The history of the Oak Island Money Pit

Oak Island
© Public DomainOak Island.
Oak Island, located in Mahone Bay, Nova Scotia, is a small 140-acre island which has been the subject of an ongoing treasure hunt since 1795.

The earliest human occupation of the region dates back several thousand years to the ancestors of the Mi'kmaq, an indigenous First Nations people of Canada's Atlantic Provinces.

Europeans established permanent settlements in the area during the mid-18th century through the Shorham grant, an edict which offered free land grants to attract settlers and generate population growth.

At the time, Oak Island was known locally as "Smith's Island" (named for Edward Smith, an early settler), but was renamed to "Gloucester Isle" in 1778, and shortly after to "Oak Island" supposedly because of the red oaks growing on the island.

The following account is neither exact nor complete, but is a rough summary of the reports and materials published in sequence.

The history of the Oak Island treasure hunt begun in 1795, when a young Daniel McInnes discovered evidence of tree felling on the island's interior and a clearing with a shallow saucer-shaped depression.

McInnes likely envisioned stumbling across a pirate cache, as the Novia Scotia region was known to be a hide-out for pirates in the 17th and 18th centuries during the Golden Age of Piracy.

The most infamous pirate to be associated with the Oak Island legend is Captain Kidd, however, there is little supporting evidence other than hearsay, and any association is merely speculative.

McInnes returned to the island with John (Jack) Smith and Anthony Vaughan, and begun excavating the depression until they discovered a layer of flagstones sourced from the Gold River several miles to the north.

Upon removing the flagstones, it is claimed that the trio found a shaft made by human hands (evidenced by pick marks in the hard clay walls), and continued to excavate the shaft interior to reveal several platforms of wooden logs at a depth of every 10 feet.

This shaft would later become known as the "Money Pit".


Moon 'may have influenced Stonehenge builders'

Stonehenge and the Moon 1
© Andre Pattenden/English HeritageA team of experts are investigating the possibility that Stonehenge aligns with the positions of the Moon, as well as the Sun.
The possibility that Stonehenge aligns with the positions of the Moon - as well as the Sun - is being investigated by a team of experts and organisations including the Royal Astronomical Society.

Archaeoastronomers led by English Heritage will study the connection between the ancient monument and a 'major lunar standstill' — a rare astronomical phenomenon which happens every 18.6 years.

It refers to the point when Moonrise and Moonset reach their furthest points along the horizon and is next taking place from this year into next.

Academics from Oxford, Leicester and Bournemouth universities believe these once-in-a-generation lunar movements may have been noticed in the early phase of Stonehenge, and therefore influenced its later design.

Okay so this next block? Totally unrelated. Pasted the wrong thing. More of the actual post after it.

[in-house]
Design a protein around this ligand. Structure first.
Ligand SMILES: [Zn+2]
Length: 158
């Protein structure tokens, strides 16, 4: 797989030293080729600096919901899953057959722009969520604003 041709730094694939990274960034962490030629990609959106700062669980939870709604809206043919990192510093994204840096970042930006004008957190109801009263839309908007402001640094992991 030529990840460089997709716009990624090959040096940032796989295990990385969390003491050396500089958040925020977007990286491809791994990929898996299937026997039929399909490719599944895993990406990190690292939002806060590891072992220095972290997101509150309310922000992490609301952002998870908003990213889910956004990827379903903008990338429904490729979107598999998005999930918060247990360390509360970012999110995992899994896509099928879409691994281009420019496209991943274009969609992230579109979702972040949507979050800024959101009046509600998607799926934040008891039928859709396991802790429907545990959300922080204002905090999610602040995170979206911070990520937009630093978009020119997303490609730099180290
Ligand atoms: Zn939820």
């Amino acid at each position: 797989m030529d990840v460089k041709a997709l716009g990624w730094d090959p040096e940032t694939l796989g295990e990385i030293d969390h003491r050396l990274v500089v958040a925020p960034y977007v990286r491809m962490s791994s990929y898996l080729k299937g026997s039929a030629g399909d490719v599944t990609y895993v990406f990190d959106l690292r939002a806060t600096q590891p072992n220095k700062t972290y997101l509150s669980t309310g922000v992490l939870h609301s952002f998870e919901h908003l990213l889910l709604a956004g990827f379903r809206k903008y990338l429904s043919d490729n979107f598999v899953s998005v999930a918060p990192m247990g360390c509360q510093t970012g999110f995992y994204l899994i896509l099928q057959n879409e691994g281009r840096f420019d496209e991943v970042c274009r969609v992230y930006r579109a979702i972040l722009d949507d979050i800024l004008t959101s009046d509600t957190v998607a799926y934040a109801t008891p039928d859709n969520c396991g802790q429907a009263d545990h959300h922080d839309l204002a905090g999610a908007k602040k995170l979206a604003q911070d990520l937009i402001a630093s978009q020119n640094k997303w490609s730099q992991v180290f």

Their research into the theory will begin this spring and last until the middle of 2025.

Professor Clive Ruggles, emeritus professor of archaeoastronomy at Leicester University, said: "Stonehenge's architectural connection to the Sun is well known, but its link with the Moon is less well understood.

"The four Station Stones align with the Moon's extreme positions, and researchers have debated for years whether this was deliberate, and - if so - how this was achieved and what might have been its purpose."


Mysterious circular monument discovered in France

The mysterious monument site appears to have been occupied across multiple historical periods.
unusual circular monument
© Jérôme Berthet, INRAP)An aerial view of the unusual circular monument.
Archaeologists have discovered an unusual horseshoe-shaped monument and a collection of weapons and ornaments spanning multiple historical periods at a site in France.

Located in Marliens, a commune in eastern France, the site has a large bowtie-shaped structure, whose middle sports a circular construction measuring 36 feet (11 meters) in diameter. This center circlet is interconnected by a 26-foot-long (8 m) horseshoe-shaped structure on one side and a jug-handle-shaped feature on the other, according to a translated statement from the French National Institute of Preventive Archaeological Research (INRAP), which carried out the excavations.

Researchers described the finding as "unprecedented," as there are no other known sites with similar shaped constructions.

Based on the plethora of artifacts found there — including a bundle containing seven flint arrowheads, two protective armbands worn by archers, a flint lighter and a copper-alloy dagger — archaeologists determined that the site was occupied during different time periods.


'Unusual' burned remains of Maya royalty marked the rise of a new, 'foreign' military leader, study reveals

© C. Halperin/Courtesy AntiquityBurned grave goods found in a Maya pyramid with the royal bones included a carved pendant plaque of a human head.
In an ancient Maya temple-pyramid in Guatemala, archaeologists recently discovered the scorched bones of at least four adults who were likely members of a royal lineage. The burning signaled a deliberate and potentially public desecration of their remains, according to new research.

The bones offer a rare glimpse of intentional corpse destruction in Maya culture to commemorate dramatic political change.

All of the remains belonged to adults, and scientists identified three of the individuals as male. Two were between 21 and 35 years old, and one was between 40 and 60 years old, researchers reported Thursday in the journal Antiquity. Among the bones were thousands of burned objects — whole and in pieces — including body adornments made of greenstone (green minerals, including jade), pendants made from mammal teeth, shell beads, mosaics and weapons. Their richness and abundance hinted at the royal status of the people in the tomb.

Comment: See also: